Soil liquefaction is the phenomenon in which saturated, or partially saturated soil substantially loses strength and stiffness and behaves like a liquid. The soil loses its strength and stiffness in response to applied stress like earthquake shaking or sudden change in stress conditions and generates a quicksand effect.
The situation thus will bring effective stress = 0. Here, the soil will behave more like a liquid than like a solid. Hence, the process is called liquefaction.
Soil Liquefaction means, Effective Stress = 0
How Does Soil Liquefaction Work?
The soil in its normal condition is a mixture of soil particles that stay together, resting one over the other due to gravity in the form of grids. Each soil particle has its own contact force that hold all the individual particles in place.
|What is Soil Liquefaction? Importance in Construction|
When this soil is subjected to sudden or rapid loading, it loses its cohesive strength and gets softened, weak, and loses its solid properties. This would make soil lose its solid properties and get converted to liquid properties. Before the action of earthquake forces, the water pressure within the soil is very less. The earthquake shaking causes the water pressure to increase to a point where the soil particles can move with respect to each other, similar to a liquid behavior.
Features of Soil Liquefaction
Liquefaction is the main phenomenon responsible for a tremendous amount of damage due to earthquakes around the world. Some of the features of soil liquefaction are:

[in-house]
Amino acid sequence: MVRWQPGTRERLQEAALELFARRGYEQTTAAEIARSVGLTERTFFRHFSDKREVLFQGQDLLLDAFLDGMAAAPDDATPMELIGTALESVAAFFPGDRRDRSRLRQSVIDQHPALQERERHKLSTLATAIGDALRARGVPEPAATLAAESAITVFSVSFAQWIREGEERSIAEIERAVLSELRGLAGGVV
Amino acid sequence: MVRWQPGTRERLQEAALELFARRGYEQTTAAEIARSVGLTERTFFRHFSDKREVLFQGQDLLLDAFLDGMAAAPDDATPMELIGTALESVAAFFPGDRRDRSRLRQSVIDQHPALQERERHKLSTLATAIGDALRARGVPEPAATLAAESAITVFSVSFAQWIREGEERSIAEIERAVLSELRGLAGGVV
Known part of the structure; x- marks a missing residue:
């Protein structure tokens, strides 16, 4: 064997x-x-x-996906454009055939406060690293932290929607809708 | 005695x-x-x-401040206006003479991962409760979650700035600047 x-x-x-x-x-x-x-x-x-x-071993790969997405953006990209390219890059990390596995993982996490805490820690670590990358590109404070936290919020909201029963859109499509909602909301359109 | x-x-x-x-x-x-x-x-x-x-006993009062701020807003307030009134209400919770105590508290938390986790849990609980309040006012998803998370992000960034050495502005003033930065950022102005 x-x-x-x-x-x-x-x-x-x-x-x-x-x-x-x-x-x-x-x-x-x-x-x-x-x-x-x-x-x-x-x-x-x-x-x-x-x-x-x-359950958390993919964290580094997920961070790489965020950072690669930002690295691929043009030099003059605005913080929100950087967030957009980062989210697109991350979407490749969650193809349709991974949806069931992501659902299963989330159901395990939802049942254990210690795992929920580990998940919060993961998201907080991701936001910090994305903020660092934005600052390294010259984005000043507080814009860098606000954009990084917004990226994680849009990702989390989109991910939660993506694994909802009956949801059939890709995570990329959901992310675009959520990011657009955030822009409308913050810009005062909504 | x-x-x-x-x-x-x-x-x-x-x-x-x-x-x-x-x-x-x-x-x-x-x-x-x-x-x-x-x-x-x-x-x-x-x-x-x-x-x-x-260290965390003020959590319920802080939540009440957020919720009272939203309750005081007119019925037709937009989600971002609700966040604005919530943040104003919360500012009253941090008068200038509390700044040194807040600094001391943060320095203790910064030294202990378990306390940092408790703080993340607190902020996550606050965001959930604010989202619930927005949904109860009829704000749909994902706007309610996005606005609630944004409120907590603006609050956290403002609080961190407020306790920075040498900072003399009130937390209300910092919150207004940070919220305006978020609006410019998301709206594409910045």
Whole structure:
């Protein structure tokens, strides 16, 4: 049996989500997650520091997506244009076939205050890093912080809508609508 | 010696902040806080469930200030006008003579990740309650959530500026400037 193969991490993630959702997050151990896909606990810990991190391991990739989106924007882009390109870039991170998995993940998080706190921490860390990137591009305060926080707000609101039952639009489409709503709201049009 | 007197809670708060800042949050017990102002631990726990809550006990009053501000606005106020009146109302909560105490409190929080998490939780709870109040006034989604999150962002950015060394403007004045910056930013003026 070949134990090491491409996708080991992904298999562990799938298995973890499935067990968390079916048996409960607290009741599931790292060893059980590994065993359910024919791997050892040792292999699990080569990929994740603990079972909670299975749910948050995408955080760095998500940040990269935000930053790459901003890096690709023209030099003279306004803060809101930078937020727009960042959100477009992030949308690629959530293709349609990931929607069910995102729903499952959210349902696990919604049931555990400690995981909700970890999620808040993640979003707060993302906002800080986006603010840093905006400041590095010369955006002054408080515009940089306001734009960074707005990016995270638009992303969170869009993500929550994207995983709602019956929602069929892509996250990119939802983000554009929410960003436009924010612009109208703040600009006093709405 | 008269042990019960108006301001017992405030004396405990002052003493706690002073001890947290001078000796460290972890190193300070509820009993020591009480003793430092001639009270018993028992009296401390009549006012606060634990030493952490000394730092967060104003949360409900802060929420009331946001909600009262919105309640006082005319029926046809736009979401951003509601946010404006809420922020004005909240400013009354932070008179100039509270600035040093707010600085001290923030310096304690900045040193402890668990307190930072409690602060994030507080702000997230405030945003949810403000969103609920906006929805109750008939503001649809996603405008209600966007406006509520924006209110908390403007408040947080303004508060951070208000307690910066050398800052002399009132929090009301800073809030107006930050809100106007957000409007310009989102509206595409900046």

- Liquefaction mainly occurs in saturated soils.
- Liquefaction generates a quicksand effect, due to which the constructed structure gets pulled into the diluted soil leading to the leaning and collapse of the structure.
- Liquefaction of soil causes sudden movement shift that is out of sync with the rest of the structure which can cause damage to the property leading to casualties.
- Soil liquefaction decreases the strength of the soil and its ability to support the foundation for the buildings & bridges.
- Liquefied soil exerts pressure on retaining walls, causing its overturning or tilting.
- Liquefaction increases water pressure which triggers landslides and causes the collapse of dams.
Types of Soil Liquefaction
The two types of liquefaction are:
- Flow Liquefaction
- Cyclic Mobility
In this type of liquefaction, the static equilibrium is destroyed by the static or dynamic loads in a soil
deposit with low residual strength. This occurs when,
Static shear stress in the soil > Shear strength of the liquefies soil.
Soil liquefaction that is triggered by cyclic loading, occurs in soil deposits with
Static shear stresses < Soil Strength